- August 25 District to Hold Public Meeting on Priority List and Schedule for the Establishment of Minimum Flows and Levels
- August 18 Public Invited to Help Identify Flood Prone Areas in Portions of Sumter County
- August 16 District to Hold Workshop on Minimum and Guidance Levels for Lake Eva in Haines City
- District Schedules Prescribed Fires for Hillsborough County
September 25, 2007
Project will help meet minimum flows in the Upper Peace River
The Southwest Florida Water Management District’s Governing Board Tuesday authorized the implementation of the Lake Hancock Lake Level Modification Project.
The project will raise the lake’s water level by raising the control elevation of the existing outflow structure to store additional water that later can be released into the Upper Peace River during dry periods. The project is a critical component of the District’s recovery strategy for meeting the minimum flows in the Upper Peace River.
Over the last 150 years, land use changes and water withdrawals have significantly altered the Peace River watershed. These activities have resulted in a reduction in the watershed’s ability to store and recharge rainfall, which has led to lowered groundwater levels, extended periods of low or no flows in the Upper Peace River, poor water quality and altered ecosystems.
The District is required by state law to set minimum flows and levels for priority water bodies. A minimum flow or level is the limit at which further withdrawals will cause significant harm to the water resources and the related natural environment. The District has set minimum flows for the Upper Peace River from Bartow to Zolfo Springs, but the river has been failing to meet these flows about 30 percent of the time over the last 30 years.
The District is also required to develop recovery plans for water bodies failing to meet their minimum flows or levels. The District has investigated a variety of options for the Upper Peace River recovery. Staff has found that meeting the minimum flows solely by reducing groundwater withdrawals would require cutbacks of 70 to 80 percent, which would devastate Polk County’s economy. The Lake Hancock Lake Level Modification Project is expected to recover up to 50 percent of the minimum flows for the Upper Peace River.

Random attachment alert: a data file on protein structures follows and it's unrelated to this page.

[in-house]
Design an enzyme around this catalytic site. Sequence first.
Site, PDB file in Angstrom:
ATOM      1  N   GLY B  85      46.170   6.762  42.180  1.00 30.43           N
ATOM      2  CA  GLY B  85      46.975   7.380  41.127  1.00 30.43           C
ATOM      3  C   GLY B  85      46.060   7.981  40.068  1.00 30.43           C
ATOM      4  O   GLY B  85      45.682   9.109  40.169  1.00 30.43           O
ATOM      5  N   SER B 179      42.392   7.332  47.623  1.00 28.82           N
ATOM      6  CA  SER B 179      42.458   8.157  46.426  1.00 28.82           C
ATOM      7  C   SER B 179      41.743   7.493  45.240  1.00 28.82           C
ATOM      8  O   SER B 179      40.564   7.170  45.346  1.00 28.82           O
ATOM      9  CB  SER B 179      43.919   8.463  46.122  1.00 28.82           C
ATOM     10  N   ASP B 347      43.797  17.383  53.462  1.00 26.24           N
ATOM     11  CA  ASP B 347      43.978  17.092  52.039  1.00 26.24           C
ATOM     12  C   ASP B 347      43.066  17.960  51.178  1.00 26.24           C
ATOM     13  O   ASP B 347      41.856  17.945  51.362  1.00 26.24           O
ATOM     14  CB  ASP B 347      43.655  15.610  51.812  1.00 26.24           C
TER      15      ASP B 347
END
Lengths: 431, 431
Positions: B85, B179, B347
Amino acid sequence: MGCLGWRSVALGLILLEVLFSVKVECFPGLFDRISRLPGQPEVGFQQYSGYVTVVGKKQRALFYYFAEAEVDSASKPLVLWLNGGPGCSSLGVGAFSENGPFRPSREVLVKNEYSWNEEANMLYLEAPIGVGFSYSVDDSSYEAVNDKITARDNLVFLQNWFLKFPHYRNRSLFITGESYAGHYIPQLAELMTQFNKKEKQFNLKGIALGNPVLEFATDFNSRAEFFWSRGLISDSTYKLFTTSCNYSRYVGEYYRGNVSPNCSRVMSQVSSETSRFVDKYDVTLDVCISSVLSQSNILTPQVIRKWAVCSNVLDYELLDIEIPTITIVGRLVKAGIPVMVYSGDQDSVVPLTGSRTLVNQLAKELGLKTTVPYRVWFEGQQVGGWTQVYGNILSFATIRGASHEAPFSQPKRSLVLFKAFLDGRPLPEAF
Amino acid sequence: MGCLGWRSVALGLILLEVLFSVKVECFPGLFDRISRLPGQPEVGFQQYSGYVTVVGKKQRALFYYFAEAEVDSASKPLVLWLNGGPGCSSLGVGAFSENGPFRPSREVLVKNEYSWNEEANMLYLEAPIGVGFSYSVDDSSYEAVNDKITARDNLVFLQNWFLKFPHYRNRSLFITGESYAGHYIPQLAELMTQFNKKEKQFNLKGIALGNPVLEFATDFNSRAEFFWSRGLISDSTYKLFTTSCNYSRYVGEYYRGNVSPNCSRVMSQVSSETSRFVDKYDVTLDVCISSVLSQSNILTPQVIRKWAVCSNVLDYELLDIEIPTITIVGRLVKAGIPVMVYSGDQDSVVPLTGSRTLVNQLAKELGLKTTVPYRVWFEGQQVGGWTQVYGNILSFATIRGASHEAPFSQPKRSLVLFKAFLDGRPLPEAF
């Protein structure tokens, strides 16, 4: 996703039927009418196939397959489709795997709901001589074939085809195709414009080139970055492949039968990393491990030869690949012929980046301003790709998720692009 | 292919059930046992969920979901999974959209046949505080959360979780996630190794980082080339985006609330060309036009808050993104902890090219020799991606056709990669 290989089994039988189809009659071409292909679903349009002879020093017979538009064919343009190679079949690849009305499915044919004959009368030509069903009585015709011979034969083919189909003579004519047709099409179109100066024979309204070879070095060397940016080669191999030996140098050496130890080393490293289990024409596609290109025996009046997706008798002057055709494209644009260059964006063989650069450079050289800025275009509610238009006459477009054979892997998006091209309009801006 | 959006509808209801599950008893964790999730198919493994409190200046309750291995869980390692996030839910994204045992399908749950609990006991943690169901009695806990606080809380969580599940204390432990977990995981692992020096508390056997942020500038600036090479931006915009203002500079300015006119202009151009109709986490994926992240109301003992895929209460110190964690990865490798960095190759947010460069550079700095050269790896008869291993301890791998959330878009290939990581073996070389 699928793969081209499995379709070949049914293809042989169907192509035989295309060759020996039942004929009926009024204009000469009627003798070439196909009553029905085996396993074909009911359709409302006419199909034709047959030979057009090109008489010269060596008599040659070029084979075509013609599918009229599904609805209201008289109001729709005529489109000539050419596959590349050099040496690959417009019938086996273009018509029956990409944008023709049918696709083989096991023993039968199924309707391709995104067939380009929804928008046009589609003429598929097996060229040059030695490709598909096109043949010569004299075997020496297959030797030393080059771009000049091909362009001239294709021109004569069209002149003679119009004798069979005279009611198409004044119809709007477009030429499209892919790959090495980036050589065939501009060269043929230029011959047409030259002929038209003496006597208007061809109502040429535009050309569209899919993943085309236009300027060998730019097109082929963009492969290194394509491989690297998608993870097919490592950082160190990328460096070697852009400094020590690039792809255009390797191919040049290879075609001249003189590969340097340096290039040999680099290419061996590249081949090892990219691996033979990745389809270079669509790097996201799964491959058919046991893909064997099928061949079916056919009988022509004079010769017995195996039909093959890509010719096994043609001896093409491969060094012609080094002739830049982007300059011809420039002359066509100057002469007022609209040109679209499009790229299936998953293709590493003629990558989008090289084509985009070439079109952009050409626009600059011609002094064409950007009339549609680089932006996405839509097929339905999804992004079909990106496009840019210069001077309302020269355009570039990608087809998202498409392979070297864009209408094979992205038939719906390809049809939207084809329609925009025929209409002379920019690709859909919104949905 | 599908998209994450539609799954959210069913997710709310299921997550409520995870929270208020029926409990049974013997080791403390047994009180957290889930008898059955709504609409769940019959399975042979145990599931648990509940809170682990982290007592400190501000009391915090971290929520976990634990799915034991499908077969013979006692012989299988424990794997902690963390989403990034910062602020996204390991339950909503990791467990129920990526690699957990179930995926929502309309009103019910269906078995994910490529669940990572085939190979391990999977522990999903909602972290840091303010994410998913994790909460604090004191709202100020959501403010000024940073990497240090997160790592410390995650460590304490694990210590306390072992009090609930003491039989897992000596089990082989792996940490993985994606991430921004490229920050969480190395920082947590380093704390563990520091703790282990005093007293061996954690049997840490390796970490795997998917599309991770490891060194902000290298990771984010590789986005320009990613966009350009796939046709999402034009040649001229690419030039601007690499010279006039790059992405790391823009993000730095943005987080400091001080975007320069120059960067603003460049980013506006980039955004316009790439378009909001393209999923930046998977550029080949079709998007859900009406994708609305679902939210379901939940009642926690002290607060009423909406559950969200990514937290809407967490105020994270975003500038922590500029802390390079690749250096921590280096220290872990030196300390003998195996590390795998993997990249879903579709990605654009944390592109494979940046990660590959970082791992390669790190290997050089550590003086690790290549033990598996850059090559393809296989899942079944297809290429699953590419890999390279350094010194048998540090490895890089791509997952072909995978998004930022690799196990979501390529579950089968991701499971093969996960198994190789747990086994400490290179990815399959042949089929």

The higher water levels will inundate some private property on or near the lake. The District has already acquired 6,424 acres of property around the lake as part of the Upper Peace River to Tenorac (Green Swamp) Greenway Corridor. This project will require the additional acquisition of approximately 2,000 acres, which includes 64 parcels and 33 homes, through the eminent domain process.
District staff has held multiple public and individual meetings with property owners affected by the project to explain how their property will be affected and the acquisition process. District staff will attempt to negotiate the purchase of as many parcels as possible through voluntary acquisitions. However, if staff determines an agreement cannot be reached with a property owner, a condemnation lawsuit will be initiated.
The Florida Department of Environmental Protection issued a conceptual environmental resource permit to the District in June to raise the control elevation of the outflow structure from 98.7 feet above sea level to the lake’s historic level of 100.0 feet.
Implementation of the project is expected to take approximately three years, which will include land acquisition as well as the final design, permitting and construction.
Lake Hancock is a 4,500-acre lake in the headwaters of the Peace River watershed, which extends 120 miles downstream to Charlotte Harbor, an estuary of national significance.
Lake Hancock Lake Level Modification Project Fact Sheet
The Lake Hancock Lake Level Modification Project will raise the lake’s water level by raising the control elevation of the existing outflow structure to store additional water that later can be released into the Upper Peace River during dry periods.
Serve as a critical element of the Southern Water Use Caution Area (SWUCA) recovery strategy.
Allow the continued withdrawals of approximately 600 million gallons per day of groundwater in the SWUCA.
Provide approximately 50 percent of the Upper Peace River minimum flow requirements for a 20-mile-portion of the river from Bartow to Zolfo Springs.
Provide up to 25 cubic feet per second of aquifer recharge through sinks in the Upper Peace River.
Preserve approximately 4,800 acres of floodplain.
Restore the historic levels of Lake Hancock from 98.7 feet to 100.0 feet above sea level.
Improve approximately 1,000 acres of wetlands around the lake.
Complete the Lake Hancock section of the Upper Peace River to Tenoroc (Green Swamp) Greenway Corridor by authorizing the acquisition of approximately 7,000 to 8,400 acres around Lake Hancock.
Provide land for a 1,000-acre wetland treatment system that will reduce nitrogen loading by 27% and improve water quality throughout the Peace River and Charlotte Harbor.
Recreation partnership opportunities with the city of Bartow and Polk County.
Restoration and/or mitigation opportunities on previously altered mined lands.